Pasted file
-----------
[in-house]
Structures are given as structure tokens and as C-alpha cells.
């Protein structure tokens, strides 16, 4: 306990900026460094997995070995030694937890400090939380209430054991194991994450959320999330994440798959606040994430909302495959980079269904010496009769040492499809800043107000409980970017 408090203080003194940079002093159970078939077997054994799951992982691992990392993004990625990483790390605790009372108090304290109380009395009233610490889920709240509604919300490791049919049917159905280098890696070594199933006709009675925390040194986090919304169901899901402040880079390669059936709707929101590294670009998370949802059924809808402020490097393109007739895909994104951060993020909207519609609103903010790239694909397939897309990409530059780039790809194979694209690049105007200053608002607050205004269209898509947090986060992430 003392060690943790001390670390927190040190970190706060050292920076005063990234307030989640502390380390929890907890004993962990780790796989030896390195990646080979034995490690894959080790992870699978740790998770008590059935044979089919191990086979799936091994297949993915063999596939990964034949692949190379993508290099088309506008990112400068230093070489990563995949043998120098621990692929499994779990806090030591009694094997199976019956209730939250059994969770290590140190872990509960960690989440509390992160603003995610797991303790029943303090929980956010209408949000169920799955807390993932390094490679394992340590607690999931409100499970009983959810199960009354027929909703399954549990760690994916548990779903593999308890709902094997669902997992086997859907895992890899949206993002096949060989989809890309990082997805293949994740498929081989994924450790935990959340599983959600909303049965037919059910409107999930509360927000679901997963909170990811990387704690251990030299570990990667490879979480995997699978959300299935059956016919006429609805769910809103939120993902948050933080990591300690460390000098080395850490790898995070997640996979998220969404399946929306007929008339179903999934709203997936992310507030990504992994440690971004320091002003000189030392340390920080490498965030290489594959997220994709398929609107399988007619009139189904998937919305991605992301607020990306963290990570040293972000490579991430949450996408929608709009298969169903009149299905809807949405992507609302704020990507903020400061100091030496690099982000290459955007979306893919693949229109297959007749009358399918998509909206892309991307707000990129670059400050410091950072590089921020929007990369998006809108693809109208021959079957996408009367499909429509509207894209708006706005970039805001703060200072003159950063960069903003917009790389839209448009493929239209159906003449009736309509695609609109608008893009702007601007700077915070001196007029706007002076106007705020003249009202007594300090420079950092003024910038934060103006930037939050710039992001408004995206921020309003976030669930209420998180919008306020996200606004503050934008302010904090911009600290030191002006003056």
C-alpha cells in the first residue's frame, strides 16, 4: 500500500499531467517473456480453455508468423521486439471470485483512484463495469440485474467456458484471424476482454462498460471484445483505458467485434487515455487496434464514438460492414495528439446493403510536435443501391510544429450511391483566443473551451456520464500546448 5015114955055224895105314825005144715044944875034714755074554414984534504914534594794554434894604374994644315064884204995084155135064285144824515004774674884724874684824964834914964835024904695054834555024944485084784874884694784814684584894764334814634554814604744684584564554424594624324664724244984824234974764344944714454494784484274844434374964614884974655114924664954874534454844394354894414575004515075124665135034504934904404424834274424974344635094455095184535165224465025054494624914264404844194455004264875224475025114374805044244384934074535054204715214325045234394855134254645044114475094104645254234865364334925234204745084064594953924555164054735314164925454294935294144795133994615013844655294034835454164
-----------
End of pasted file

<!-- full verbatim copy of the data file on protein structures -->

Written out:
[in-house]
Structures are given as structure tokens and as C-alpha cells.
């Protein structure tokens, strides 16, 4: 306990900026460094997995070995030694937890400090939380209430054991194991994450959320999330994440798959606040994430909302495959980079269904010496009769040492499809800043107000409980970017 408090203080003194940079002093159970078939077997054994799951992982691992990392993004990625990483790390605790009372108090304290109380009395009233610490889920709240509604919300490791049919049917159905280098890696070594199933006709009675925390040194986090919304169901899901402040880079390669059936709707929101590294670009998370949802059924809808402020490097393109007739895909994104951060993020909207519609609103903010790239694909397939897309990409530059780039790809194979694209690049105007200053608002607050205004269209898509947090986060992430 003392060690943790001390670390927190040190970190706060050292920076005063990234307030989640502390380390929890907890004993962990780790796989030896390195990646080979034995490690894959080790992870699978740790998770008590059935044979089919191990086979799936091994297949993915063999596939990964034949692949190379993508290099088309506008990112400068230093070489990563995949043998120098621990692929499994779990806090030591009694094997199976019956209730939250059994969770290590140190872990509960960690989440509390992160603003995610797991303790029943303090929980956010209408949000169920799955807390993932390094490679394992340590607690999931409100499970009983959810199960009354027929909703399954549990760690994916548990779903593999308890709902094997669902997992086997859907895992890899949206993002096949060989989809890309990082997805293949994740498929081989994924450790935990959340599983959600909303049965037919059910409107999930509360927000679901997963909170990811990387704690251990030299570990990667490879979480995997699978959300299935059956016919006429609805769910809103939120993902948050933080990591300690460390000098080395850490790898995070997640996979998220969404399946929306007929008339179903999934709203997936992310507030990504992994440690971004320091002003000189030392340390920080490498965030290489594959997220994709398929609107399988007619009139189904998937919305991605992301607020990306963290990570040293972000490579991430949450996408929608709009298969169903009149299905809807949405992507609302704020990507903020400061100091030496690099982000290459955007979306893919693949229109297959007749009358399918998509909206892309991307707000990129670059400050410091950072590089921020929007990369998006809108693809109208021959079957996408009367499909429509509207894209708006706005970039805001703060200072003159950063960069903003917009790389839209448009493929239209159906003449009736309509695609609109608008893009702007601007700077915070001196007029706007002076106007705020003249009202007594300090420079950092003024910038934060103006930037939050710039992001408004995206921020309003976030669930209420998180919008306020996200606004503050934008302010904090911009600290030191002006003056």
C-alpha cells in the first residue's frame, strides 16, 4: 500500500499531467517473456480453455508468423521486439471470485483512484463495469440485474467456458484471424476482454462498460471484445483505458467485434487515455487496434464514438460492414495528439446493403510536435443501391510544429450511391483566443473551451456520464500546448 5015114955055224895105314825005144715044944875034714755074554414984534504914534594794554434894604374994644315064884204995084155135064285144824515004774674884724874684824964834914964835024904695054834555024944485084784874884694784814684584894764334814634554814604744684584564554424594624324664724244984824234974764344944714454494784484274844434374964614884974655114924664954874534454844394354894414575004515075124665135034504934904404424834274424974344635094455095184535165224465025054494624914264404844194455004264875224475025114374805044244384934074535054204715214325045234394855134254645044114475094104645254234865364334925234204745084064594953924555164054735314164925454294935294144795133994615013844655294034835454164